So here’s an interesting angle to take for a piece of fashion journalism: During Paris Fashion Week, which is normally a celebration of craftsmanship, people mourn the end of a celebrated craftsman’s career (John Galliano) while anticipating the arrival of an untested newcomer who just happens to be best friends with Lady Gaga (Nicola Formichetti).
That’s how The New York Times‘ fashion critic Cathy Horyn frames the mood at Formichetti’s first women’s show for Mugler, the brand he took over as creative director late last year. While Thierry Mugler himself was a genius designer — one of Paris’ greatest talents — Horyn says what Formichetti produced isn’t genius so much as it was a commentary on what genius means in fashion.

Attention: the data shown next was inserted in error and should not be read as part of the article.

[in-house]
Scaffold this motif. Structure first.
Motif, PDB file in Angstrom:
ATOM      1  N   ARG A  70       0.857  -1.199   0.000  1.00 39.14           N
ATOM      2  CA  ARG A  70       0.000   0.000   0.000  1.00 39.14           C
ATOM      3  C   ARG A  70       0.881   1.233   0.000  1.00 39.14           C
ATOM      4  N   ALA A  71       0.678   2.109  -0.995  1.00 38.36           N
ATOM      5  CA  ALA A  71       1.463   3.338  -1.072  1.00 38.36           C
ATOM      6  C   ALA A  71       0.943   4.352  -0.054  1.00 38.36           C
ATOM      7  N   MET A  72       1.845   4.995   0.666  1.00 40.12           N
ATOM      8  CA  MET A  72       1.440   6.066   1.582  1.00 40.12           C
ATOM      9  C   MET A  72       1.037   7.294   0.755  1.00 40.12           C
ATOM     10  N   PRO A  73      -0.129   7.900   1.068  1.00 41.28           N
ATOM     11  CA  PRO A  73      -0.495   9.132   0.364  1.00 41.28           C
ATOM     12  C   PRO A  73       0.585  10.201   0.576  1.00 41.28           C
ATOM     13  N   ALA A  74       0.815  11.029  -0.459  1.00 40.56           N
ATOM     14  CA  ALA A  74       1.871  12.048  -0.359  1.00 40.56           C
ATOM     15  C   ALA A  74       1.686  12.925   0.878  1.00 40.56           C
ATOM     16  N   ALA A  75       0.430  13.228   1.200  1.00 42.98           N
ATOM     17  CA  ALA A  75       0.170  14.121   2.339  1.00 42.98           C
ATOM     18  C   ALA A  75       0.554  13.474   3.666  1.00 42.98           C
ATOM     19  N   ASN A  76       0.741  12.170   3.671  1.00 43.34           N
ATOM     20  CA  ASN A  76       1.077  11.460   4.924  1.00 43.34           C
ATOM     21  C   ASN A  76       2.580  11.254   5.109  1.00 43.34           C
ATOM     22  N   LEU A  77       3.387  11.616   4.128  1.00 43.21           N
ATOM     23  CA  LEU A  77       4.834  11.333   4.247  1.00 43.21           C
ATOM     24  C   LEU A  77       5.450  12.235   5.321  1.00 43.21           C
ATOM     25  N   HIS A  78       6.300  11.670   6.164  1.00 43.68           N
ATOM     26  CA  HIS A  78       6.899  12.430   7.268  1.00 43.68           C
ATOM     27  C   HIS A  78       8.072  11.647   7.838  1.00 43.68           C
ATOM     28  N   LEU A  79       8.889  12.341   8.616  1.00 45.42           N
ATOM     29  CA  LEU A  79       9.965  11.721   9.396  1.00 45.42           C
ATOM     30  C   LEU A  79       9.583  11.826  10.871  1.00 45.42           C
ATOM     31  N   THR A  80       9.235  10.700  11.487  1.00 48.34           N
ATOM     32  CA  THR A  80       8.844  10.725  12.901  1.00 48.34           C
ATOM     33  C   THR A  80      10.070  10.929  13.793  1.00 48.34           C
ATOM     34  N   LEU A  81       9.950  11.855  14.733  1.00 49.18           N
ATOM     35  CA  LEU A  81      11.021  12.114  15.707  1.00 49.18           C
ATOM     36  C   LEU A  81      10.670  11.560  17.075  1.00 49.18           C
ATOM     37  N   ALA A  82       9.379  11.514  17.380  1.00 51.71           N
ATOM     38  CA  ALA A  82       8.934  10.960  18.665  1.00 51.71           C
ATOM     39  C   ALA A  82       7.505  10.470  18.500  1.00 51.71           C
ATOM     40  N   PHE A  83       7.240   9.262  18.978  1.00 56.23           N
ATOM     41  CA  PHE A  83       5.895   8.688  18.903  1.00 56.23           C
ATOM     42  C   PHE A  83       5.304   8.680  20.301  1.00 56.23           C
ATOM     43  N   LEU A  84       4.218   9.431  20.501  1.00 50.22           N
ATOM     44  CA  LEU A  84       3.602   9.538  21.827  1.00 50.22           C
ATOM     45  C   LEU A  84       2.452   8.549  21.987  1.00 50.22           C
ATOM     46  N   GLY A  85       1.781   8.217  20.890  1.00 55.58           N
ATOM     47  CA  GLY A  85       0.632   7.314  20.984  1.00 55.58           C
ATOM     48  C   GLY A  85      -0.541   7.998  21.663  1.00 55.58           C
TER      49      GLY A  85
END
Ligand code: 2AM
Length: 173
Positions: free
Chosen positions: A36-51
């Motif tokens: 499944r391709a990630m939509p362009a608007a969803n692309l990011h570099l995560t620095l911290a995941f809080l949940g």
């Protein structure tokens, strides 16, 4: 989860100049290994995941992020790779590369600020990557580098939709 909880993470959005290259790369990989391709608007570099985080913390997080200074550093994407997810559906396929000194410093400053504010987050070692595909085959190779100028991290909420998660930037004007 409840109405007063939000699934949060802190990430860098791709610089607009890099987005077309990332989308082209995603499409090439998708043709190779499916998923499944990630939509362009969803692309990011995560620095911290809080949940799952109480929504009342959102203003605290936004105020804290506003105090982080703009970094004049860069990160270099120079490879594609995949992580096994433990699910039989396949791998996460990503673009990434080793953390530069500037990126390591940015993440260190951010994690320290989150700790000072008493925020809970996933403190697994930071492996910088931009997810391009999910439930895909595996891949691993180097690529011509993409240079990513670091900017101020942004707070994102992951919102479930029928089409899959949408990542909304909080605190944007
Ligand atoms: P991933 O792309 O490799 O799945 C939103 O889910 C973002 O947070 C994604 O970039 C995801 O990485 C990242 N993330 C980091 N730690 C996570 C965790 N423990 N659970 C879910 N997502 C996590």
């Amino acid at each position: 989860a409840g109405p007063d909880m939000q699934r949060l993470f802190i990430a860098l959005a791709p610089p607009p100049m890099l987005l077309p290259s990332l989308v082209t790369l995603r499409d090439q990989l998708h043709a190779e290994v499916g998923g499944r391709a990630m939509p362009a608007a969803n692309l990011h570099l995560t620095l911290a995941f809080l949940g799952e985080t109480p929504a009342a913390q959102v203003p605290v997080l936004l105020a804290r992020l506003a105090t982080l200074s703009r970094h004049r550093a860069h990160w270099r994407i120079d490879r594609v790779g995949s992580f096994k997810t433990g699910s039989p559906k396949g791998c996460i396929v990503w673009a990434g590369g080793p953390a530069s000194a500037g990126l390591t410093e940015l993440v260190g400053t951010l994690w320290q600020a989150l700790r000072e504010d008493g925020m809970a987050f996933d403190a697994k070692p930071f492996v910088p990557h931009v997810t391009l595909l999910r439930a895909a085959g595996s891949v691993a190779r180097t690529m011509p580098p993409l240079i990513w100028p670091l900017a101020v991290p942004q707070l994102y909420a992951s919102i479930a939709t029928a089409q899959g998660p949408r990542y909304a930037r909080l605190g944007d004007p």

Mr. Formichetti’s show was not a work of genius, but it was a show about genius in the present moment — its limits, its futility. If Paris couture is about history, craft and masters, the new Mugler is about nonspecialists, quick communication and downgrading the role of technique and craft, at least in the heavy, earnest sense.
We don’t know that there were lines to read that far between in Formichetti’s collection, but Horyn is right about the lightness of the collection. Formichetti’s work with his head women’s designer Sébastien Peigné is more about giving women a little bit of edge than it is about giving them capital F fashion. And they succeeded in doing just that, with plenty of dramatic high shoulders and slits that make the clothes, as Peigné told Horyn, “as light and second-skin as possible.”
Horyn, who’s generally the last person to pull punches, gave Formichetti credit for getting the mood of the moment — that is to say, for acknowledging that he’s not the end all and be all of the Mugler parade. And in a climate where people have accused the fashion industry of being inhumane or breeding substance abuse, that might be better than a four-star review.
At Mugler, Genius and Its Limits [The New York Times]